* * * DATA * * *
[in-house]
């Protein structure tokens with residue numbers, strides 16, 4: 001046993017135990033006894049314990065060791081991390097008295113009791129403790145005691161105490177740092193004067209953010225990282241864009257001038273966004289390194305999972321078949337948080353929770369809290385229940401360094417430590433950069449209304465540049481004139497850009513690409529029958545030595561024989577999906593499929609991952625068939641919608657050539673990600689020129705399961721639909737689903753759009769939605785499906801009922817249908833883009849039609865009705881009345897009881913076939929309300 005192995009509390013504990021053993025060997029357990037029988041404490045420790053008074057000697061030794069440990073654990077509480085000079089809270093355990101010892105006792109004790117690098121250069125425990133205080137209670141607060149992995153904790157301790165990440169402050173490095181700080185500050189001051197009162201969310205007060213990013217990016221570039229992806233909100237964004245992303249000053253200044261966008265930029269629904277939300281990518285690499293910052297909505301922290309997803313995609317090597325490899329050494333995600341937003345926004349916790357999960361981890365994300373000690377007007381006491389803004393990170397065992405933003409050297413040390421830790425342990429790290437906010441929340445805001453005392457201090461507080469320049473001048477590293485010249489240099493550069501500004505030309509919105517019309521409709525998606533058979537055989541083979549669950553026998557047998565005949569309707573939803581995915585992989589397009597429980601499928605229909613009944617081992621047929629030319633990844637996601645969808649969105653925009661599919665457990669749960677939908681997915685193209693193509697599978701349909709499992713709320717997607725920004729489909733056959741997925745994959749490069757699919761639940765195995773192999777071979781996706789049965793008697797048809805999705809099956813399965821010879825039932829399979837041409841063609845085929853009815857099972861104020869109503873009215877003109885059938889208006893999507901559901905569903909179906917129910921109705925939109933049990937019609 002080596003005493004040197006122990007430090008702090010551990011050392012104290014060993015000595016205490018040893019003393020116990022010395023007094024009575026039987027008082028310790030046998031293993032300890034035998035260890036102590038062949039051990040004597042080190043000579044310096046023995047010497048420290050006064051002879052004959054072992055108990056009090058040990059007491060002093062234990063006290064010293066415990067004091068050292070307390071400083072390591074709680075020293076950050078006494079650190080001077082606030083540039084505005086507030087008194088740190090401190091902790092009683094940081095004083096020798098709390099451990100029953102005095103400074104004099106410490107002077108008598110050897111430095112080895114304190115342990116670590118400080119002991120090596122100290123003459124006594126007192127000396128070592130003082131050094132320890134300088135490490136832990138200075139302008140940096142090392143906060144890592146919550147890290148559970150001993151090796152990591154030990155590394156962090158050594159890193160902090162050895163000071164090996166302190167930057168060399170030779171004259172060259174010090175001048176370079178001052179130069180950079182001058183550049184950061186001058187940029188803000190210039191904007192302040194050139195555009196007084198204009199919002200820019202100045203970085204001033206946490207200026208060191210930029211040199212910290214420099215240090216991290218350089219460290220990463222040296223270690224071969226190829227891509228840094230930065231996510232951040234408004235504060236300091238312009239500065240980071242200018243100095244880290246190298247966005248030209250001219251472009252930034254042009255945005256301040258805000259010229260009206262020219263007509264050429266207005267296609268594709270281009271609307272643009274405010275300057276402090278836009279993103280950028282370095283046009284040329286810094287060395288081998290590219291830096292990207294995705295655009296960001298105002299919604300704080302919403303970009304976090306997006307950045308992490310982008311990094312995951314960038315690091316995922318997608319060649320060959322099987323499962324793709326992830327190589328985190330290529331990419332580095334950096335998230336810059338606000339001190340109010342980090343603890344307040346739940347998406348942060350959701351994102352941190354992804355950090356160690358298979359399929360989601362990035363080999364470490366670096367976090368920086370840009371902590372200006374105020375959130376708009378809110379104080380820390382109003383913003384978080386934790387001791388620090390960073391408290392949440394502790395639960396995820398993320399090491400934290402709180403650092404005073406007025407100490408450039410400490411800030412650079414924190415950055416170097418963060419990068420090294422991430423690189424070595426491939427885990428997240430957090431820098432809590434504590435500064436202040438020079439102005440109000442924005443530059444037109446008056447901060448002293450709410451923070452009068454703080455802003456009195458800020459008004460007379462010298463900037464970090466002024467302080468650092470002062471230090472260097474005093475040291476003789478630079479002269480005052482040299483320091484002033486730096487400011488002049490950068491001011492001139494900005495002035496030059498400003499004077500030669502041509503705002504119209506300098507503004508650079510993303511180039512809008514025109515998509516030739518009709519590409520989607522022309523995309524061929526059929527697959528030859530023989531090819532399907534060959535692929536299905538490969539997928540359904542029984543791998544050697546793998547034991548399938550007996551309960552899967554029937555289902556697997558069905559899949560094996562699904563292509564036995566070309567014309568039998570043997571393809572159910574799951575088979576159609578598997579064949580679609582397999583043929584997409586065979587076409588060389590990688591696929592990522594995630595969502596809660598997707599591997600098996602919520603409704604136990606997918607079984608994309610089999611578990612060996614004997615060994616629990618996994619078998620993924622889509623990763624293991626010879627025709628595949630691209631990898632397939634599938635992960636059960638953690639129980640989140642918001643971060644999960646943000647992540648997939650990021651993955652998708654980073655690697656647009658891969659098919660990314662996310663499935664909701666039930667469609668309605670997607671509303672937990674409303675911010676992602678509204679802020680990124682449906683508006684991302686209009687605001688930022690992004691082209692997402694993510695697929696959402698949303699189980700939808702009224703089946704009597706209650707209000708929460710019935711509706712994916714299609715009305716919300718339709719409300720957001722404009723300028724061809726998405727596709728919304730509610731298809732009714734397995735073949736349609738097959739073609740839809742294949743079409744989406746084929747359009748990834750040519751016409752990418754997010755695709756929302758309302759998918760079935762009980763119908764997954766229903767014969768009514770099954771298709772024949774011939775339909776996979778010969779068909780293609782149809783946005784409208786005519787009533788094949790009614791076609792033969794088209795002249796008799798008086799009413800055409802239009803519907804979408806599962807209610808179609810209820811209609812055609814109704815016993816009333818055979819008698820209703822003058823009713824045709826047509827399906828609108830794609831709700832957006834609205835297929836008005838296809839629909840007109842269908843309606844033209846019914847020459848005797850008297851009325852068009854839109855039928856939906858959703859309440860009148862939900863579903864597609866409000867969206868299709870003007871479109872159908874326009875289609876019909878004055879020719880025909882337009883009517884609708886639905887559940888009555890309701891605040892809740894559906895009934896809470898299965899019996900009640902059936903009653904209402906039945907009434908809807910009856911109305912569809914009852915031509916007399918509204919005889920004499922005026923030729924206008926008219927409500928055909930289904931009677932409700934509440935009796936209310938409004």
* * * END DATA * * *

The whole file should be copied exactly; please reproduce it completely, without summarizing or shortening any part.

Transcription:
[in-house]
């Protein structure tokens with residue numbers, strides 16, 4: 001046993017135990033006894049314990065060791081991390097008295113009791129403790145005691161105490177740092193004067209953010225990282241864009257001038273966004289390194305999972321078949337948080353929770369809290385229940401360094417430590433950069449209304465540049481004139497850009513690409529029958545030595561024989577999906593499929609991952625068939641919608657050539673990600689020129705399961721639909737689903753759009769939605785499906801009922817249908833883009849039609865009705881009345897009881913076939929309300 005192995009509390013504990021053993025060997029357990037029988041404490045420790053008074057000697061030794069440990073654990077509480085000079089809270093355990101010892105006792109004790117690098121250069125425990133205080137209670141607060149992995153904790157301790165990440169402050173490095181700080185500050189001051197009162201969310205007060213990013217990016221570039229992806233909100237964004245992303249000053253200044261966008265930029269629904277939300281990518285690499293910052297909505301922290309997803313995609317090597325490899329050494333995600341937003345926004349916790357999960361981890365994300373000690377007007381006491389803004393990170397065992405933003409050297413040390421830790425342990429790290437906010441929340445805001453005392457201090461507080469320049473001048477590293485010249489240099493550069501500004505030309509919105517019309521409709525998606533058979537055989541083979549669950553026998557047998565005949569309707573939803581995915585992989589397009597429980601499928605229909613009944617081992621047929629030319633990844637996601645969808649969105653925009661599919665457990669749960677939908681997915685193209693193509697599978701349909709499992713709320717997607725920004729489909733056959741997925745994959749490069757699919761639940765195995773192999777071979781996706789049965793008697797048809805999705809099956813399965821010879825039932829399979837041409841063609845085929853009815857099972861104020869109503873009215877003109885059938889208006893999507901559901905569903909179906917129910921109705925939109933049990937019609 002080596003005493004040197006122990007430090008702090010551990011050392012104290014060993015000595016205490018040893019003393020116990022010395023007094024009575026039987027008082028310790030046998031293993032300890034035998035260890036102590038062949039051990040004597042080190043000579044310096046023995047010497048420290050006064051002879052004959054072992055108990056009090058040990059007491060002093062234990063006290064010293066415990067004091068050292070307390071400083072390591074709680075020293076950050078006494079650190080001077082606030083540039084505005086507030087008194088740190090401190091902790092009683094940081095004083096020798098709390099451990100029953102005095103400074104004099106410490107002077108008598110050897111430095112080895114304190115342990116670590118400080119002991120090596122100290123003459124006594126007192127000396128070592130003082131050094132320890134300088135490490136832990138200075139302008140940096142090392143906060144890592146919550147890290148559970150001993151090796152990591154030990155590394156962090158050594159890193160902090162050895163000071164090996166302190167930057168060399170030779171004259172060259174010090175001048176370079178001052179130069180950079182001058183550049184950061186001058187940029188803000190210039191904007192302040194050139195555009196007084198204009199919002200820019202100045203970085204001033206946490207200026208060191210930029211040199212910290214420099215240090216991290218350089219460290220990463222040296223270690224071969226190829227891509228840094230930065231996510232951040234408004235504060236300091238312009239500065240980071242200018243100095244880290246190298247966005248030209250001219251472009252930034254042009255945005256301040258805000259010229260009206262020219263007509264050429266207005267296609268594709270281009271609307272643009274405010275300057276402090278836009279993103280950028282370095283046009284040329286810094287060395288081998290590219291830096292990207294995705295655009296960001298105002299919604300704080302919403303970009304976090306997006307950045308992490310982008311990094312995951314960038315690091316995922318997608319060649320060959322099987323499962324793709326992830327190589328985190330290529331990419332580095334950096335998230336810059338606000339001190340109010342980090343603890344307040346739940347998406348942060350959701351994102352941190354992804355950090356160690358298979359399929360989601362990035363080999364470490366670096367976090368920086370840009371902590372200006374105020375959130376708009378809110379104080380820390382109003383913003384978080386934790387001791388620090390960073391408290392949440394502790395639960396995820398993320399090491400934290402709180403650092404005073406007025407100490408450039410400490411800030412650079414924190415950055416170097418963060419990068420090294422991430423690189424070595426491939427885990428997240430957090431820098432809590434504590435500064436202040438020079439102005440109000442924005443530059444037109446008056447901060448002293450709410451923070452009068454703080455802003456009195458800020459008004460007379462010298463900037464970090466002024467302080468650092470002062471230090472260097474005093475040291476003789478630079479002269480005052482040299483320091484002033486730096487400011488002049490950068491001011492001139494900005495002035496030059498400003499004077500030669502041509503705002504119209506300098507503004508650079510993303511180039512809008514025109515998509516030739518009709519590409520989607522022309523995309524061929526059929527697959528030859530023989531090819532399907534060959535692929536299905538490969539997928540359904542029984543791998544050697546793998547034991548399938550007996551309960552899967554029937555289902556697997558069905559899949560094996562699904563292509564036995566070309567014309568039998570043997571393809572159910574799951575088979576159609578598997579064949580679609582397999583043929584997409586065979587076409588060389590990688591696929592990522594995630595969502596809660598997707599591997600098996602919520603409704604136990606997918607079984608994309610089999611578990612060996614004997615060994616629990618996994619078998620993924622889509623990763624293991626010879627025709628595949630691209631990898632397939634599938635992960636059960638953690639129980640989140642918001643971060644999960646943000647992540648997939650990021651993955652998708654980073655690697656647009658891969659098919660990314662996310663499935664909701666039930667469609668309605670997607671509303672937990674409303675911010676992602678509204679802020680990124682449906683508006684991302686209009687605001688930022690992004691082209692997402694993510695697929696959402698949303699189980700939808702009224703089946704009597706209650707209000708929460710019935711509706712994916714299609715009305716919300718339709719409300720957001722404009723300028724061809726998405727596709728919304730509610731298809732009714734397995735073949736349609738097959739073609740839809742294949743079409744989406746084929747359009748990834750040519751016409752990418754997010755695709756929302758309302759998918760079935762009980763119908764997954766229903767014969768009514770099954771298709772024949774011939775339909776996979778010969779068909780293609782149809783946005784409208786005519787009533788094949790009614791076609792033969794088209795002249796008799798008086799009413800055409802239009803519907804979408806599962807209610808179609810209820811209609812055609814109704815016993816009333818055979819008698820209703822003058823009713824045709826047509827399906828609108830794609831709700832957006834609205835297929836008005838296809839629909840007109842269908843309606844033209846019914847020459848005797850008297851009325852068009854839109855039928856939906858959703859309440860009148862939900863579903864597609866409000867969206868299709870003007871479109872159908874326009875289609876019909878004055879020719880025909882337009883009517884609708886639905887559940888009555890309701891605040892809740894559906895009934896809470898299965899019996900009640902059936903009653904209402906039945907009434908809807910009856911109305912569809914009852915031509916007399918509204919005889920004499922005026923030729924206008926008219927409500928055909930289904931009677932409700934509440935009796936209310938409004």